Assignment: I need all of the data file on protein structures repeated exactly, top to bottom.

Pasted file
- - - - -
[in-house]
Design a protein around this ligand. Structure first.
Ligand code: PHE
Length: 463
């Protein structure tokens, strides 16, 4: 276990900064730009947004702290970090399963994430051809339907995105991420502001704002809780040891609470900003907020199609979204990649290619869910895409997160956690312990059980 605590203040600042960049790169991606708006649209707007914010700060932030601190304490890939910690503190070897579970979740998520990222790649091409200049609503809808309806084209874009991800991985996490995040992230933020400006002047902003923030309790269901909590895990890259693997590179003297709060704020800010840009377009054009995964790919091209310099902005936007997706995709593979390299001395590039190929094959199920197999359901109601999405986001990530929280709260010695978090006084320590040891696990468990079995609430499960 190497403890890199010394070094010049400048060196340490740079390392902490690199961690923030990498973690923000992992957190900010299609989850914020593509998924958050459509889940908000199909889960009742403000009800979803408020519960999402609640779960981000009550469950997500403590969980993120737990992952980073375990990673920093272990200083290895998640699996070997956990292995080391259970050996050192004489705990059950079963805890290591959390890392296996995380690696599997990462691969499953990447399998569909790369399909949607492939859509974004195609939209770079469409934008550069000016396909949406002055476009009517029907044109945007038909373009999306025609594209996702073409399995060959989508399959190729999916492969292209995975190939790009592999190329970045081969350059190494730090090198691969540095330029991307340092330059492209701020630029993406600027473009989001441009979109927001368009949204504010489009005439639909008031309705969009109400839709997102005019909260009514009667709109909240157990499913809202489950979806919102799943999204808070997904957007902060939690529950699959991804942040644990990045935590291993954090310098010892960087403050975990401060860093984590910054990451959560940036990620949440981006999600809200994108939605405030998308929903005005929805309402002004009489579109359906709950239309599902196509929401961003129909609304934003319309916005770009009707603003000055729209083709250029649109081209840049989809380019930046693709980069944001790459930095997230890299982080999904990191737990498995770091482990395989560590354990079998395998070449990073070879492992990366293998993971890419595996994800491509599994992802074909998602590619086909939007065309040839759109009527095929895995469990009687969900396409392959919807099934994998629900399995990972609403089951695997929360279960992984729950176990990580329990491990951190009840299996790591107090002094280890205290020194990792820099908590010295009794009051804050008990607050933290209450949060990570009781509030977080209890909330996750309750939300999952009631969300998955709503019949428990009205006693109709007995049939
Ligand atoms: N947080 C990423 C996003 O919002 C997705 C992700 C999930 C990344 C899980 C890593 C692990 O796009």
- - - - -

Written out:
[in-house]
Design a protein around this ligand. Structure first.
Ligand code: PHE
Length: 463
């Protein structure tokens, strides 16, 4: 276990900064730009947004702290970090399963994430051809339907995105991420502001704002809780040891609470900003907020199609979204990649290619869910895409997160956690312990059980 605590203040600042960049790169991606708006649209707007914010700060932030601190304490890939910690503190070897579970979740998520990222790649091409200049609503809808309806084209874009991800991985996490995040992230933020400006002047902003923030309790269901909590895990890259693997590179003297709060704020800010840009377009054009995964790919091209310099902005936007997706995709593979390299001395590039190929094959199920197999359901109601999405986001990530929280709260010695978090006084320590040891696990468990079995609430499960 190497403890890199010394070094010049400048060196340490740079390392902490690199961690923030990498973690923000992992957190900010299609989850914020593509998924958050459509889940908000199909889960009742403000009800979803408020519960999402609640779960981000009550469950997500403590969980993120737990992952980073375990990673920093272990200083290895998640699996070997956990292995080391259970050996050192004489705990059950079963805890290591959390890392296996995380690696599997990462691969499953990447399998569909790369399909949607492939859509974004195609939209770079469409934008550069000016396909949406002055476009009517029907044109945007038909373009999306025609594209996702073409399995060959989508399959190729999916492969292209995975190939790009592999190329970045081969350059190494730090090198691969540095330029991307340092330059492209701020630029993406600027473009989001441009979109927001368009949204504010489009005439639909008031309705969009109400839709997102005019909260009514009667709109909240157990499913809202489950979806919102799943999204808070997904957007902060939690529950699959991804942040644990990045935590291993954090310098010892960087403050975990401060860093984590910054990451959560940036990620949440981006999600809200994108939605405030998308929903005005929805309402002004009489579109359906709950239309599902196509929401961003129909609304934003319309916005770009009707603003000055729209083709250029649109081209840049989809380019930046693709980069944001790459930095997230890299982080999904990191737990498995770091482990395989560590354990079998395998070449990073070879492992990366293998993971890419595996994800491509599994992802074909998602590619086909939007065309040839759109009527095929895995469990009687969900396409392959919807099934994998629900399995990972609403089951695997929360279960992984729950176990990580329990491990951190009840299996790591107090002094280890205290020194990792820099908590010295009794009051804050008990607050933290209450949060990570009781509030977080209890909330996750309750939300999952009631969300998955709503019949428990009205006693109709007995049939
Ligand atoms: N947080 C990423 C996003 O919002 C997705 C992700 C999930 C990344 C899980 C890593 C692990 O796009």